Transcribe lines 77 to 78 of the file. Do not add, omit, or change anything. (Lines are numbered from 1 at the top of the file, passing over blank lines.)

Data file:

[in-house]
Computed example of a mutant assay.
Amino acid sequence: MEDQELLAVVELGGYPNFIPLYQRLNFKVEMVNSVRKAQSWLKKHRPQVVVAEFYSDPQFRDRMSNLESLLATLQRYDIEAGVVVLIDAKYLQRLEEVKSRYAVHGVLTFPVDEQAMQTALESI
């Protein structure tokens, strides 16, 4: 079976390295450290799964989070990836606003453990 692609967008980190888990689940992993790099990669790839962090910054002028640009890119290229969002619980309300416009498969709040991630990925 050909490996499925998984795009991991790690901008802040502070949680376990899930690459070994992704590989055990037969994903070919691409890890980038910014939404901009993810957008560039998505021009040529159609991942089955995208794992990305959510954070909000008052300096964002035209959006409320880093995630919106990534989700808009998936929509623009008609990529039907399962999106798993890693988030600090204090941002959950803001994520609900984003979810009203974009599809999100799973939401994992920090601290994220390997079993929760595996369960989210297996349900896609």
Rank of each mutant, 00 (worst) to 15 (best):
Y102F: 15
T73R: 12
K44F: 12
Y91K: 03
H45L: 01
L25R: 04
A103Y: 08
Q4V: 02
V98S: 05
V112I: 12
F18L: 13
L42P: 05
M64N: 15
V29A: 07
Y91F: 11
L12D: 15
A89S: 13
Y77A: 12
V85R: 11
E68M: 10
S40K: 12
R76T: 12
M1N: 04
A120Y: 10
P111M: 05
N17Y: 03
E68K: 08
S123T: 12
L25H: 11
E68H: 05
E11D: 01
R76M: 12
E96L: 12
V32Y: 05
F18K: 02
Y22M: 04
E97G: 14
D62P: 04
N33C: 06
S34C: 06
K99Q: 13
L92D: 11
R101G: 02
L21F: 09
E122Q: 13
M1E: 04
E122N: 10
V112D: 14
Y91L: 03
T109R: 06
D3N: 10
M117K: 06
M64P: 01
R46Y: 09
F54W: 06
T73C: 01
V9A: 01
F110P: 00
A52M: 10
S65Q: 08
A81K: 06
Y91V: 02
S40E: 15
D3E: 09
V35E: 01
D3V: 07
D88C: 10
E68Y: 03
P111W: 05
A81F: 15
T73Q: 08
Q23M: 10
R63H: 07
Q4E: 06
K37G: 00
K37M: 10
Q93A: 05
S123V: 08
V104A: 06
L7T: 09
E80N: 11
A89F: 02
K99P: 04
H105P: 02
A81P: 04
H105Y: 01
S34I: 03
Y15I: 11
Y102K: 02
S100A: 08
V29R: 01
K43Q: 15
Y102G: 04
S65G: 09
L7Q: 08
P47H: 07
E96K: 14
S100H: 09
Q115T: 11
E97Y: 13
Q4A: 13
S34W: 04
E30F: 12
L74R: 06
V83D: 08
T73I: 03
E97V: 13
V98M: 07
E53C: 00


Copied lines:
Q23M: 10
R63H: 07